France seeks eurozone stability package

President François Hollande's new Socialist government prioritizes agreement on urgent moves to tackle the eurozone debt crisis.

Story highlights

  • France pressing EU to adopt financial stability package to stem eurozone crisis
  • Will propose measures to put European Central Bank in charge of bank supervision and use European Stability Mechanism
  • Germany opposed to the direct recapitalisation of banks

France is pressing the EU to adopt a financial stability package to stem the eurozone crisis, believing negative market reaction to the €100bn bailout of Spain's banks shows the need for more comprehensive action.

Ahead of the EU summit due on June 28, Paris is set to propose a package of measures to put the European Central Bank in charge of bank supervision and to use the European Stability Mechanism, the new €500bn eurozone rescue fund due to come into force next month, to recapitalise banks directly.

President François Hollande's new Socialist government has made clear that it regards agreement on urgent moves to tackle the eurozone debt crisis as the top priority.

Germany, however, is opposed to the direct recapitalisation of banks. Officials in Berlin are seeking to play down any sense of urgency before the summit, believing that the tools already in place are adequate.

Under last weekend's agreement to rescue Spanish banks, aid from the European Financial Stability Facility, the existing rescue fund, and the ESM will be channelled via the Spanish state. Markets reacted badly, unhappy over the convergence of sovereign and banking debt risk and the lack of clarity over the bailout's terms.

"Look at the reaction to what was done for Spain. It doesn't fly," said one official. "We have to have the proper tools to contain contagion."

Spain's borrowing cost reaches high
Spain's borrowing cost reaches high


    Spain's borrowing cost reaches high


Spain's borrowing cost reaches high 01:26
Lagarde: Three months to save the euro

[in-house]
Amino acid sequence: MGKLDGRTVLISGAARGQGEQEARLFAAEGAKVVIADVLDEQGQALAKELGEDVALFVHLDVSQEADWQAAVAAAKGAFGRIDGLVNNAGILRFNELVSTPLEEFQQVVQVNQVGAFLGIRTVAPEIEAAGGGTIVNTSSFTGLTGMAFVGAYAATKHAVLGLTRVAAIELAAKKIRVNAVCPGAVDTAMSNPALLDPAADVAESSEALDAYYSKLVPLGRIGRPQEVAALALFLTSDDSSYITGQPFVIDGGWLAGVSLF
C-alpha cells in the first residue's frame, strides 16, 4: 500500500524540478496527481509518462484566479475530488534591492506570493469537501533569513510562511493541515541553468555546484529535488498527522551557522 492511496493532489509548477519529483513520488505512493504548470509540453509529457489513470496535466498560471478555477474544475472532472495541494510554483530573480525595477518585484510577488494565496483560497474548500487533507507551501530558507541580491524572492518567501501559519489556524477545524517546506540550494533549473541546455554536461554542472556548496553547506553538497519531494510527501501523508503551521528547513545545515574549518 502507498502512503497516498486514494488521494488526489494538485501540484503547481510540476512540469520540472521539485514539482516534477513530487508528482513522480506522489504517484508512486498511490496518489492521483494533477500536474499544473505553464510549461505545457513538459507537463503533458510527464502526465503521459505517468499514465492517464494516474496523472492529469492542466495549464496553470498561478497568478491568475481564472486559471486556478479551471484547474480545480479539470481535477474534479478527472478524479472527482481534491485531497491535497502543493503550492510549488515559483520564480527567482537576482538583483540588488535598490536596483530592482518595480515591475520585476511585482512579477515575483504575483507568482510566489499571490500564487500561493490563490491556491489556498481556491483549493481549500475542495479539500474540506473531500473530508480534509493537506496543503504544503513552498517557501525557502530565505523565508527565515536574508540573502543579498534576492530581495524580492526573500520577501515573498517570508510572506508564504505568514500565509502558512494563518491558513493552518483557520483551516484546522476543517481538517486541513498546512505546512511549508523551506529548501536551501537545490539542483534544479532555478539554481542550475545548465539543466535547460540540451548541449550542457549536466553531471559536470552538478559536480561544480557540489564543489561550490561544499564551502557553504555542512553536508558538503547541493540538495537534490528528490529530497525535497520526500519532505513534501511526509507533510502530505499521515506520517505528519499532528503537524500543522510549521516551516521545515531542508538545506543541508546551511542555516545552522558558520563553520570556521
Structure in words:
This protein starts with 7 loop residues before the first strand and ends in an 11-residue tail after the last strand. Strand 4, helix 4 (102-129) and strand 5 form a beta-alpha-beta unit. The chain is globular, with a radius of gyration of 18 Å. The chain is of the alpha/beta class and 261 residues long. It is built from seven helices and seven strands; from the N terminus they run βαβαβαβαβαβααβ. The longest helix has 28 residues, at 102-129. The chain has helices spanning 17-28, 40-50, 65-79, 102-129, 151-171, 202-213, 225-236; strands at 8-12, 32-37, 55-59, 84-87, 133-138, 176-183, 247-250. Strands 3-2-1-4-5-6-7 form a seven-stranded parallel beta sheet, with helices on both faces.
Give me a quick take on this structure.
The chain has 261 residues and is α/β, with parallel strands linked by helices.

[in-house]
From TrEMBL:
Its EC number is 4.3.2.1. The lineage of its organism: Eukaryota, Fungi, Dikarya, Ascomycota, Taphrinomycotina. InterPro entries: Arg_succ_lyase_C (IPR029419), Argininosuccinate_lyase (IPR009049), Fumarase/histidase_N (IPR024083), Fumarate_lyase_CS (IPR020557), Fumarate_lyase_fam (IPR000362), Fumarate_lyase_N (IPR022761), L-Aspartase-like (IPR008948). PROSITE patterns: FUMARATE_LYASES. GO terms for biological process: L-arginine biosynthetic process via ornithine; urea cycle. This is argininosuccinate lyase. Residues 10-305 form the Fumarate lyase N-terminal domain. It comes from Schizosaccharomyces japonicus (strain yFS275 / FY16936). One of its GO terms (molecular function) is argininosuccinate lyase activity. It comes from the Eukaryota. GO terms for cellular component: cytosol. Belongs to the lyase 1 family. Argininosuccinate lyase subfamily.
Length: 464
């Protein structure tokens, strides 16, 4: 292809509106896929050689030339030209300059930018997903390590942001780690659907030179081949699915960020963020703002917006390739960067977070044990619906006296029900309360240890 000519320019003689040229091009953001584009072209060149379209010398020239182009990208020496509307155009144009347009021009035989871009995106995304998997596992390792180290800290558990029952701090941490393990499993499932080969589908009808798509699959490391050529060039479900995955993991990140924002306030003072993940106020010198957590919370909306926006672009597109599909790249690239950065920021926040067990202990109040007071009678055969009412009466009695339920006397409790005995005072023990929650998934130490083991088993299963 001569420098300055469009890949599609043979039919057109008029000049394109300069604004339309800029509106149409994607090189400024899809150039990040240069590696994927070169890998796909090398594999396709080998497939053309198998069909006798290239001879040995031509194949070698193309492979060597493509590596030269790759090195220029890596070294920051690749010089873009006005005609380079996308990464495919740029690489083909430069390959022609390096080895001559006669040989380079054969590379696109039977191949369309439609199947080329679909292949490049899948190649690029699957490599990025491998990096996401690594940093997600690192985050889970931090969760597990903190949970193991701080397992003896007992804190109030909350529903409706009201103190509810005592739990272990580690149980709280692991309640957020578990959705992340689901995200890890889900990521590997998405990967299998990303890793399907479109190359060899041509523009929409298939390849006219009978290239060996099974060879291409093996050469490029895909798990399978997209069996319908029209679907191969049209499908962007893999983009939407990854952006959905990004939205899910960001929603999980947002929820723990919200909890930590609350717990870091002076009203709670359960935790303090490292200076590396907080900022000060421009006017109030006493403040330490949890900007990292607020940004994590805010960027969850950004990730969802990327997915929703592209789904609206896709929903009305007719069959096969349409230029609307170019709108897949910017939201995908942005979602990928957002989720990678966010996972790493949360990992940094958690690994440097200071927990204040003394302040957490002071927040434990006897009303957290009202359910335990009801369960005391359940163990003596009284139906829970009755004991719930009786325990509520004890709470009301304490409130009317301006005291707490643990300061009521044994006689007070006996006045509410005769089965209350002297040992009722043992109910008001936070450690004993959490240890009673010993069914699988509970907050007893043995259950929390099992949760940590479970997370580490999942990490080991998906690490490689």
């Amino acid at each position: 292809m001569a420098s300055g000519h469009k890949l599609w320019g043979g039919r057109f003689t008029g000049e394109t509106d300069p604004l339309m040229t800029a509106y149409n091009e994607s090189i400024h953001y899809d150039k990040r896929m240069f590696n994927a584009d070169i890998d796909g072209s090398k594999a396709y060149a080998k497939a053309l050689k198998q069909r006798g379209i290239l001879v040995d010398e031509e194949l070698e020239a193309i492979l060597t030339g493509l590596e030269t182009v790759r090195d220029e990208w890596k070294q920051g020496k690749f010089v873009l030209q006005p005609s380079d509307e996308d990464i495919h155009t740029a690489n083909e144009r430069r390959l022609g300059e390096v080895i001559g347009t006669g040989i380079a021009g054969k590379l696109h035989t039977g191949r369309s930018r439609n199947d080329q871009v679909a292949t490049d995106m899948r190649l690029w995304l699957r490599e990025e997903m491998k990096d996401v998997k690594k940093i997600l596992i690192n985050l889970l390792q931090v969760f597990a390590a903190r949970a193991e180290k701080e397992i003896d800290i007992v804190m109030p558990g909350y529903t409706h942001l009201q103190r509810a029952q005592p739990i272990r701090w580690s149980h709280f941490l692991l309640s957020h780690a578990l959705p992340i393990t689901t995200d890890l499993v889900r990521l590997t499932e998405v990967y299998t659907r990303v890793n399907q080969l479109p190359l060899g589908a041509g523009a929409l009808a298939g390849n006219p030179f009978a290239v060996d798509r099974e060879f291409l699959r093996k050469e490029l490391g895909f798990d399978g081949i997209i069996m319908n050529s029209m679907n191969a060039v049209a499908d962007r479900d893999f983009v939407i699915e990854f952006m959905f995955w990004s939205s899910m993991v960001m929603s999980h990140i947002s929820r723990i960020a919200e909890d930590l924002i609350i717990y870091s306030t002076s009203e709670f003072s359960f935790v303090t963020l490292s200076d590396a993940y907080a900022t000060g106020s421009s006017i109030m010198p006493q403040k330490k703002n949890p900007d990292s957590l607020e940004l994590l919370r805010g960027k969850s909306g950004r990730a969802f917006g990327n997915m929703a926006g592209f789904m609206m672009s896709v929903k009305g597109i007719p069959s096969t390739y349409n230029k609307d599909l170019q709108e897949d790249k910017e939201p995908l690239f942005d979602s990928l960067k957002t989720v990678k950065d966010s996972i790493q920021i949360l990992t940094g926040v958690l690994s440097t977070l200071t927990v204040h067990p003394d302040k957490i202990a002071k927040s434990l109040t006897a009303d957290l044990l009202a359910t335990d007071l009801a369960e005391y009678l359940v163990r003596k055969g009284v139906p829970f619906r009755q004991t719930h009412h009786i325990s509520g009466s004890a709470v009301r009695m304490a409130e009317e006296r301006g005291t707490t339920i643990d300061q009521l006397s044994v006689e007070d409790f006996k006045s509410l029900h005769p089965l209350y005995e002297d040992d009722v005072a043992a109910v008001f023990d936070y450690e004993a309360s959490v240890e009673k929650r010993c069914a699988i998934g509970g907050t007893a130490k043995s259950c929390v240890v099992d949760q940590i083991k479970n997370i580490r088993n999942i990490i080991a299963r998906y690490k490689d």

Lagarde: Three months to save the euro


    Lagarde: Three months to save the euro


Lagarde: Three months to save the euro 10:41
Eurozone talks amid Spain bank crisis
Eurozone talks amid Spain bank crisis


    Eurozone talks amid Spain bank crisis


Eurozone talks amid Spain bank crisis 03:45

As a first step towards a banking union, Paris wants the ECB to assume responsibility for supervising systemically risky banks and their winding up in case of failure. The ECB would stress test the banks and the ESM would be the tool used if recapitalisation were required.

The ESM could only lend directly to banks if its board were to agree to change the rules unanimously, which is opposed by Berlin.

French officials have long argued that the rescue fund should be given a banking licence so that it can leverage its capital and increase its firepower. This would require a change in the treaty establishing the fund which has yet to be ratified by a number of countries, including Germany. The case was supported by the previous centre-right government of Nicolas Sarkozy but vetoed by Berlin. Paris wants the issue put back on the table.

Paris believes Italy and Spain are sympathetic to its proposals and that it is making progress with Germany. They will be part of France's submission ahead of the EU summit to Herman Van Rompuy, head of the European Council, that will include Mr Hollande's proposals for accompanying measures to stimulate growth.

On Wednesday, Mariano Rajoy, Spain's right-of-centre prime minister, released his proposals to Mr Van Rompuy which included similar calls for further action by the ECB to "guarantee the financial stability of the eurozone".

Senior officials in Berlin and Brussels have sought to play down the significance of Mr Van Rompuy's work ahead of the summit, which they say will outline broad proposals. A French move to use the Van Rompuy effort for more immediate crisis measures could exacerbate Franco-German tensions.

Mr Hollande is due to meet Mario Monti, the Italian prime minister, in Rome on Thursday.

The French leader has been markedly less solicitous of Angela Merkel, the German chancellor, than his predecessor, stressing the need for growth measures to accompany Berlin's insistence on fiscal austerity.

But Mr Hollande has been careful to stick to his commitment to fiscal consolidation in France, promising to reduce the budget deficit to 3 per cent of gross domestic product next year.

He is expected to welcome Ms Merkel's calls for closer political and fiscal union and signal his readiness to examine what competences would need to be transferred to Brussels to make the single currency function better, despite strong sensitivity in France to handing over more sovereignty.

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